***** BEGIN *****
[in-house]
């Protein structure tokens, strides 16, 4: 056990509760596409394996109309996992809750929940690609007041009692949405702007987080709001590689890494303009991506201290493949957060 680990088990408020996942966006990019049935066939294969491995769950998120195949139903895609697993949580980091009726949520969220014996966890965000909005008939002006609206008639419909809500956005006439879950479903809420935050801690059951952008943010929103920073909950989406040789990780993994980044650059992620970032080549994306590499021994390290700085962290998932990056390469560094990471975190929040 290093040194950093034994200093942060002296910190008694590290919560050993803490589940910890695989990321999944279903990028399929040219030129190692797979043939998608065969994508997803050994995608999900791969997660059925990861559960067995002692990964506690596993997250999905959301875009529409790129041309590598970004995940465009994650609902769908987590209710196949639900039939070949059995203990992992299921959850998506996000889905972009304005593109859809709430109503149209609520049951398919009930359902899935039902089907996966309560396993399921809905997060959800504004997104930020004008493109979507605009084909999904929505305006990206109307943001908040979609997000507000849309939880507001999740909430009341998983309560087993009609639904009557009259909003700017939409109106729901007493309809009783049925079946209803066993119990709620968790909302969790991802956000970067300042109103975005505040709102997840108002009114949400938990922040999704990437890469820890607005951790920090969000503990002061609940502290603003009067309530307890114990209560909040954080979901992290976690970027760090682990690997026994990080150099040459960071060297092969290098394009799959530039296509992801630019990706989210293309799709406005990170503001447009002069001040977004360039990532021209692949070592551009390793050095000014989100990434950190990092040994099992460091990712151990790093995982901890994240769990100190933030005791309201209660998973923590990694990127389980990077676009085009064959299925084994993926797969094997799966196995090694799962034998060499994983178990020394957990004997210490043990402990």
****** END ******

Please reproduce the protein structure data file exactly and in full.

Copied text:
[in-house]
């Protein structure tokens, strides 16, 4: 056990509760596409394996109309996992809750929940690609007041009692949405702007987080709001590689890494303009991506201290493949957060 680990088990408020996942966006990019049935066939294969491995769950998120195949139903895609697993949580980091009726949520969220014996966890965000909005008939002006609206008639419909809500956005006439879950479903809420935050801690059951952008943010929103920073909950989406040789990780993994980044650059992620970032080549994306590499021994390290700085962290998932990056390469560094990471975190929040 290093040194950093034994200093942060002296910190008694590290919560050993803490589940910890695989990321999944279903990028399929040219030129190692797979043939998608065969994508997803050994995608999900791969997660059925990861559960067995002692990964506690596993997250999905959301875009529409790129041309590598970004995940465009994650609902769908987590209710196949639900039939070949059995203990992992299921959850998506996000889905972009304005593109859809709430109503149209609520049951398919009930359902899935039902089907996966309560396993399921809905997060959800504004997104930020004008493109979507605009084909999904929505305006990206109307943001908040979609997000507000849309939880507001999740909430009341998983309560087993009609639904009557009259909003700017939409109106729901007493309809009783049925079946209803066993119990709620968790909302969790991802956000970067300042109103975005505040709102997840108002009114949400938990922040999704990437890469820890607005951790920090969000503990002061609940502290603003009067309530307890114990209560909040954080979901992290976690970027760090682990690997026994990080150099040459960071060297092969290098394009799959530039296509992801630019990706989210293309799709406005990170503001447009002069001040977004360039990532021209692949070592551009390793050095000014989100990434950190990092040994099992460091990712151990790093995982901890994240769990100190933030005791309201209660998973923590990694990127389980990077676009085009064959299925084994993926797969094997799966196995090694799962034998060499994983178990020394957990004997210490043990402990």